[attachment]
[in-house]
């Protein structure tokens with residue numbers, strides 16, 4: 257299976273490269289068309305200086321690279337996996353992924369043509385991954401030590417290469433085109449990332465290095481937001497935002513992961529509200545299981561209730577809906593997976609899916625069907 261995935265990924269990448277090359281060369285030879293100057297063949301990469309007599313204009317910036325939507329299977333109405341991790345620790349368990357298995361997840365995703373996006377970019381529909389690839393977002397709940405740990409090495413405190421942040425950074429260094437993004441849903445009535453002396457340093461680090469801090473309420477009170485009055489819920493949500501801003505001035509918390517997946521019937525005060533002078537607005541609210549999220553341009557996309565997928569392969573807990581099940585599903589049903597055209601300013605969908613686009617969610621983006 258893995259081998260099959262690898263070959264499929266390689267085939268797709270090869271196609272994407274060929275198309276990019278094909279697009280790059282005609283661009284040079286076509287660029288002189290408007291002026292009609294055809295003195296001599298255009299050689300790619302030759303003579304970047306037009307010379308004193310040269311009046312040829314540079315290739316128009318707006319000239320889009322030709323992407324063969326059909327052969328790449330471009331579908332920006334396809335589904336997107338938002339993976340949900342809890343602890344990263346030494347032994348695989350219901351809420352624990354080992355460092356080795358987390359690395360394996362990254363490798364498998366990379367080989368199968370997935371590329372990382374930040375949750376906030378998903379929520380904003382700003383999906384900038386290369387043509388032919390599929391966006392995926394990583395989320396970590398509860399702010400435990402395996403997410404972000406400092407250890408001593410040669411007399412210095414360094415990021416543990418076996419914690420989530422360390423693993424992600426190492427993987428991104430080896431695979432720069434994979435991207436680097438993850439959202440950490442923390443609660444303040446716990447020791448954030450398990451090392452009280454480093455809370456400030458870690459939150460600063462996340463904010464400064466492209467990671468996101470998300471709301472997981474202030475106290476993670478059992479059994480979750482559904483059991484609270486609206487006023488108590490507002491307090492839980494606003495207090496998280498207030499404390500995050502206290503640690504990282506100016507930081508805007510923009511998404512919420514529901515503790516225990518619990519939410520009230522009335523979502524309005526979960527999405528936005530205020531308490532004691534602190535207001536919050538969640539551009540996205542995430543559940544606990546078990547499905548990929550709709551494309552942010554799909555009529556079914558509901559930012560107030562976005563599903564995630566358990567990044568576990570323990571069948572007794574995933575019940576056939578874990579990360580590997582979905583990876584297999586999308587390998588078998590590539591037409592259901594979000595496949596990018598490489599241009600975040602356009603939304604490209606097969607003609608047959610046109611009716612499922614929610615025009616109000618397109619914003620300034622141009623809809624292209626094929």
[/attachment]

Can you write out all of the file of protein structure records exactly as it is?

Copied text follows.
[in-house]
């Protein structure tokens with residue numbers, strides 16, 4: 257299976273490269289068309305200086321690279337996996353992924369043509385991954401030590417290469433085109449990332465290095481937001497935002513992961529509200545299981561209730577809906593997976609899916625069907 261995935265990924269990448277090359281060369285030879293100057297063949301990469309007599313204009317910036325939507329299977333109405341991790345620790349368990357298995361997840365995703373996006377970019381529909389690839393977002397709940405740990409090495413405190421942040425950074429260094437993004441849903445009535453002396457340093461680090469801090473309420477009170485009055489819920493949500501801003505001035509918390517997946521019937525005060533002078537607005541609210549999220553341009557996309565997928569392969573807990581099940585599903589049903597055209601300013605969908613686009617969610621983006 258893995259081998260099959262690898263070959264499929266390689267085939268797709270090869271196609272994407274060929275198309276990019278094909279697009280790059282005609283661009284040079286076509287660029288002189290408007291002026292009609294055809295003195296001599298255009299050689300790619302030759303003579304970047306037009307010379308004193310040269311009046312040829314540079315290739316128009318707006319000239320889009322030709323992407324063969326059909327052969328790449330471009331579908332920006334396809335589904336997107338938002339993976340949900342809890343602890344990263346030494347032994348695989350219901351809420352624990354080992355460092356080795358987390359690395360394996362990254363490798364498998366990379367080989368199968370997935371590329372990382374930040375949750376906030378998903379929520380904003382700003383999906384900038386290369387043509388032919390599929391966006392995926394990583395989320396970590398509860399702010400435990402395996403997410404972000406400092407250890408001593410040669411007399412210095414360094415990021416543990418076996419914690420989530422360390423693993424992600426190492427993987428991104430080896431695979432720069434994979435991207436680097438993850439959202440950490442923390443609660444303040446716990447020791448954030450398990451090392452009280454480093455809370456400030458870690459939150460600063462996340463904010464400064466492209467990671468996101470998300471709301472997981474202030475106290476993670478059992479059994480979750482559904483059991484609270486609206487006023488108590490507002491307090492839980494606003495207090496998280498207030499404390500995050502206290503640690504990282506100016507930081508805007510923009511998404512919420514529901515503790516225990518619990519939410520009230522009335523979502524309005526979960527999405528936005530205020531308490532004691534602190535207001536919050538969640539551009540996205542995430543559940544606990546078990547499905548990929550709709551494309552942010554799909555009529556079914558509901559930012560107030562976005563599903564995630566358990567990044568576990570323990571069948572007794574995933575019940576056939578874990579990360580590997582979905583990876584297999586999308587390998588078998590590539591037409592259901594979000595496949596990018598490489599241009600975040602356009603939304604490209606097969607003609608047959610046109611009716612499922614929610615025009616109000618397109619914003620300034622141009623809809624292209626094929």